The supply chain for movies released for theatrical exhibition consists of the distributor, exhibitor, and the audience, as shown in Figure 5.1. The audience has opportunities to watch moveis in a number of distribution outlets: domestic theaters, foreign theaters, home video, and cable and network TV, where the time lags between the releases of the movies in successive outlets differ but are typically measured in months (Figure 5.2). Despite the availability of these multiple release windows, the theatrical performance of films in the United States has been considered by practitioners to be a critical success driver. "Theatrical exhibition ...


A Survey In Network Economics: Spam Email, Internet Routing, Graphical Economics, And International Trade, Mark E. Haase Jan 2005

A Survey In Network Economics: Spam Email, Internet Routing, Graphical Economics, And International Trade, Mark E. Haase

Honors Theses (PPE)

A survey of current topics in network economics, a relatively new and growing field of research at the intersection of economics and network theory. Case studies in spam email, Internet routing, and graphical economics are presented as practical applications. A network economic analysis of international trade is also offered. Most of the current literature addresses a highly technical audience. This paper intends to bridge the gap by presenting network economics in language that will be familiar to students of economics.


Understanding Under - And Over - Reaction, Cade Massey, George Wu Feb 2003

Understanding Under - And Over - Reaction, Cade Massey, George Wu

Operations, Information and Decisions Papers

No abstract provided.


Demand And Supply Dynamics For Sequentially Released Products In International Markets: The Case Of Motion Pictures, Anita Elberse, Jehoshua Eliashberg Jan 2003

Demand And Supply Dynamics For Sequentially Released Products In International Markets: The Case Of Motion Pictures, Anita Elberse, Jehoshua Eliashberg

Operations, Information and Decisions Papers

We develop an econometric model to study a setting in which a new product is launched first in its domestic market and only at a later stage in foreign markets, and where the product's performance (“demand”) and availability (“supply”) are highly interdependent over time within and across markets. Integrating literature on international diffusion, “success-breeds-success” trends, and the theatrical motion picture industry—the focus of the empirical analysis—we develop a dynamic simultanenous-equations model of the drivers and interrelationship of the behavior of consumers (“audiences”) and retailers (“exhibitors”). Our findings emphasize the importance of considering the endogeneity and simultaneity of ...


Winning Isn’T Everything: Corruption In Sumo Wrestling, Mark Duggan, Steven D. Levitt Dec 2002

Winning Isn’T Everything: Corruption In Sumo Wrestling, Mark Duggan, Steven D. Levitt

Health Care Management Papers

Although theory on corruption is well developed, it has proven difficult to isolate corrupt behavior empirically. In this paper, we provide overwhelming statistical evidence documenting match rigging in Japanese sumo wrestling. A non-linearity in the incentive structure of promotion leads to gains from trade between wrestlers on the margin for achieving a winning record and their opponents. We show that wrestlers win a disproportionate share of the matches when they are on the margin. Collusion, rather than increased effort, appears to explain the results. Wrestlers who are victorious when needing a victory lose more often than would be expected the ...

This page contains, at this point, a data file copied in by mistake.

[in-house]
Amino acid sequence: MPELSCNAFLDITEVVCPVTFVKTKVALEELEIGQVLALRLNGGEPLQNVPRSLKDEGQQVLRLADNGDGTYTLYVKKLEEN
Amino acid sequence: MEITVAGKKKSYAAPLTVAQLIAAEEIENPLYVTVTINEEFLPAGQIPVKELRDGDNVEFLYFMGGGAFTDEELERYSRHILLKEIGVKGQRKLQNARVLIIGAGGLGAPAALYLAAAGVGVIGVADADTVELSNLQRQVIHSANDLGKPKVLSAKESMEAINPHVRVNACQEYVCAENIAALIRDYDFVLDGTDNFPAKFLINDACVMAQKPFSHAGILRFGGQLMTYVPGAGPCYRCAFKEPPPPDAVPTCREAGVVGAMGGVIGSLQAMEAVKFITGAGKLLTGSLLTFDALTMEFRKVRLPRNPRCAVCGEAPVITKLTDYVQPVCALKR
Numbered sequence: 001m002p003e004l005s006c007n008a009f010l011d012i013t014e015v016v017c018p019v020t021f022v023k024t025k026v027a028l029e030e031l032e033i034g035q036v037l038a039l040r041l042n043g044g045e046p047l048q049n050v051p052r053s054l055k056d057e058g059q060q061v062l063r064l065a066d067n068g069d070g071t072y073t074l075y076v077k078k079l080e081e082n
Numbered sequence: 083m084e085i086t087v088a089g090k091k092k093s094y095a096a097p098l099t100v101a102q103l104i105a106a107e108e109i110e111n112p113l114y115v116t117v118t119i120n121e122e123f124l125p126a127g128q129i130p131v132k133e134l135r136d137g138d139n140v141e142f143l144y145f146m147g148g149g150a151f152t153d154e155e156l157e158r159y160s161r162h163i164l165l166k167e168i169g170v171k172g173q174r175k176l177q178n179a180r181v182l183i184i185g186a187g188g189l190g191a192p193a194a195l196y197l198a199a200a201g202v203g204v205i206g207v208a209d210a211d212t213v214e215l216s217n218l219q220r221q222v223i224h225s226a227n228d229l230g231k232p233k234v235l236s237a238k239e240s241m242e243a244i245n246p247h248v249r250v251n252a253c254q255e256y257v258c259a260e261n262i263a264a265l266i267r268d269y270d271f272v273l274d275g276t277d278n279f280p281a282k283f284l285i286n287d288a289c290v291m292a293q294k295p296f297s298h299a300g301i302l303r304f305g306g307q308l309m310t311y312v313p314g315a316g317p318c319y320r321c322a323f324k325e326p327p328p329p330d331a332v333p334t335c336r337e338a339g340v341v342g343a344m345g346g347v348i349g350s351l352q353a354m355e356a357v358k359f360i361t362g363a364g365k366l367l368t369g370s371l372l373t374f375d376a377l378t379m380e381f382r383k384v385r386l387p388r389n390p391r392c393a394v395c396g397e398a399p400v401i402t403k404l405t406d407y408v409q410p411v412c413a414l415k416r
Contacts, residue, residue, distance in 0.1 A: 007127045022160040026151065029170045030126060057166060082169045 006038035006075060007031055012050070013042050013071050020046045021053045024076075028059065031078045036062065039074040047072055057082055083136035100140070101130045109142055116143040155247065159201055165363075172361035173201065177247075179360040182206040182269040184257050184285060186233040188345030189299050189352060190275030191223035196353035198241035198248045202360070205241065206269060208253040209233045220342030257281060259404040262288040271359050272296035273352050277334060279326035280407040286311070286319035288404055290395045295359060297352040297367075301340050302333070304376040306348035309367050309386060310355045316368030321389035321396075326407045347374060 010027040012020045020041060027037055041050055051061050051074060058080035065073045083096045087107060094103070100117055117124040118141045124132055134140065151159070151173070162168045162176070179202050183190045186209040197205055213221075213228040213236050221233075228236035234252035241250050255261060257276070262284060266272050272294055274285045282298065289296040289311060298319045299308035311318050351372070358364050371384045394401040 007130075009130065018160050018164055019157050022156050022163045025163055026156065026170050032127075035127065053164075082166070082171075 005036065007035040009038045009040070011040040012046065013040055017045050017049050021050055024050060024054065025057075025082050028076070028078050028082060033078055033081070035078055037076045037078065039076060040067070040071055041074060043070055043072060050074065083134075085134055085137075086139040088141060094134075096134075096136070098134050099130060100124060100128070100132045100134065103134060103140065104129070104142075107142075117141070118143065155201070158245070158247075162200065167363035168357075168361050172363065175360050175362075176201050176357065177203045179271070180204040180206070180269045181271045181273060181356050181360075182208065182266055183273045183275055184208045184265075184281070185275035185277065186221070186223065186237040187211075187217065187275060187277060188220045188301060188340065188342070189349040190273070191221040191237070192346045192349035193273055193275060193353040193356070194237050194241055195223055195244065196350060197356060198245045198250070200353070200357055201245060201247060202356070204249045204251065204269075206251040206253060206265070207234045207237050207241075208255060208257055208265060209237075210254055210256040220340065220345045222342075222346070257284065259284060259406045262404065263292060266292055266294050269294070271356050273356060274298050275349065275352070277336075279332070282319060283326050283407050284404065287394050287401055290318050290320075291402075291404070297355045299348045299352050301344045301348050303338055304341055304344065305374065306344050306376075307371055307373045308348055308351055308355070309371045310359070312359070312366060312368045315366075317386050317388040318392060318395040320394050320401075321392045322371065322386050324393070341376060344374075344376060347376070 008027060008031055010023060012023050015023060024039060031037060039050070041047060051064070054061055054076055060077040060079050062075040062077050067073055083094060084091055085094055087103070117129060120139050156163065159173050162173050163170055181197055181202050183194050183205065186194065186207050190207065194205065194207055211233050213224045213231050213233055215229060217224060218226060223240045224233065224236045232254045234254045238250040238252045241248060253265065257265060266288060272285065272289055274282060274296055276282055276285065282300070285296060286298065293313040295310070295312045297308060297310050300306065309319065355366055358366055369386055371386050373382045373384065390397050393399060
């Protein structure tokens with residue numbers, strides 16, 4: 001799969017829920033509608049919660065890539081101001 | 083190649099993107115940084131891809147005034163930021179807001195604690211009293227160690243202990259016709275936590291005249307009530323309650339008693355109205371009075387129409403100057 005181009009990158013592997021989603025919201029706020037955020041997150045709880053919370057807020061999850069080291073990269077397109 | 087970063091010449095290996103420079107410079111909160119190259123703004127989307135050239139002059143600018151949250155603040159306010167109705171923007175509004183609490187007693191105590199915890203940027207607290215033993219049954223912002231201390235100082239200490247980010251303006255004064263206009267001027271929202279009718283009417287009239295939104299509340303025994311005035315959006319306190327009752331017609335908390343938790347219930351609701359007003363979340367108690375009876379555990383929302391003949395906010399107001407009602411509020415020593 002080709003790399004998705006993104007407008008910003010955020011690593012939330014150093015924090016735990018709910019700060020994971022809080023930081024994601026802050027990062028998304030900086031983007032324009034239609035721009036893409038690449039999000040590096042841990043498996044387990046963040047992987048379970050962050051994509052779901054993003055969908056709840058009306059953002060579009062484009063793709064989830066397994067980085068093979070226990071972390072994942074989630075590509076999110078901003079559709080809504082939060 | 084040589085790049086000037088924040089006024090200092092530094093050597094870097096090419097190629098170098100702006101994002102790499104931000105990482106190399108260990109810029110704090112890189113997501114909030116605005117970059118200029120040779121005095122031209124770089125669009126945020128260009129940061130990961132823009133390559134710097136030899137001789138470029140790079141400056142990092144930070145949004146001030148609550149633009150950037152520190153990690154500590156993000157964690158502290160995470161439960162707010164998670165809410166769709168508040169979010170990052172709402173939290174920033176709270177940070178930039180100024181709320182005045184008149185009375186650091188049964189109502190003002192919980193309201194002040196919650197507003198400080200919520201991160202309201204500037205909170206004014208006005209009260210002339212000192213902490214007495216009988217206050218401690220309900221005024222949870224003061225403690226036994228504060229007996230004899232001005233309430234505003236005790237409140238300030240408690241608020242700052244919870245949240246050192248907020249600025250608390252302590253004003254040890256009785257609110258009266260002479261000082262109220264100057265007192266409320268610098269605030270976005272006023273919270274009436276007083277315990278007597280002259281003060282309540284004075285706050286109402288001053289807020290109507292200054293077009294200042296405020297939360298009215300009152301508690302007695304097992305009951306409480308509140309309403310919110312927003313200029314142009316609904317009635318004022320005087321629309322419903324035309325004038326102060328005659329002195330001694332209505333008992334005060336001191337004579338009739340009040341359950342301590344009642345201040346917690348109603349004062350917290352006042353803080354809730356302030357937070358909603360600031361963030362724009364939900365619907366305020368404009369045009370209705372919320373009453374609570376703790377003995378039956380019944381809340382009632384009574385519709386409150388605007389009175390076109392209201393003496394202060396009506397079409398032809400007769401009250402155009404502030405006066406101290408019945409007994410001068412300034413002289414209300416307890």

Competition And Outsourcing With Scale Economies, Gerard. P. Cachon, Patrick T. Harker Oct 2002

Competition And Outsourcing With Scale Economies, Gerard. P. Cachon, Patrick T. Harker

Operations, Information and Decisions Papers

Scale economies are commonplace in operations, yet because of analytical challenges, relatively little is known about how firms should compete in their presence. This paper presents a model of competition between two firms that face scale economies; (i.e., each firm's cost per unit of demand is decreasing in demand). A general framework is used, which incorporates competition between two service providers with price- and time-sensitive demand (a queuing game), and competition between two retailers with fixed-ordering costs and pricesensitive consumers (an Economic Order Quantity game). Reasonably general conditions are provided under which there exists at most one equilibrium ...


Price Dispersion And Differentiation In Online Travel: An Empirical Investigation, Eric. K. Clemons, Ll-Horn Hann, Lorin. M. Hitt Apr 2002

Price Dispersion And Differentiation In Online Travel: An Empirical Investigation, Eric. K. Clemons, Ll-Horn Hann, Lorin. M. Hitt

Operations, Information and Decisions Papers

Previous research has examined whether price dispersion exists in theoretically highly efficient Internet markets. However, much of the previous work has been focused on industries with low cost and undifferentiated products. In this paper, we examine the presence of price dispersion and product differentiation using data on the airline ticket offerings of online travel agents (OTAs). We find that different OTAs offer tickets with substantially different prices and characteristics when given the same customer request. Some of this variation appears to be due to product differentiation—different OTAs specialize by systematically offering different trade-offs between ticket price and ticket quality ...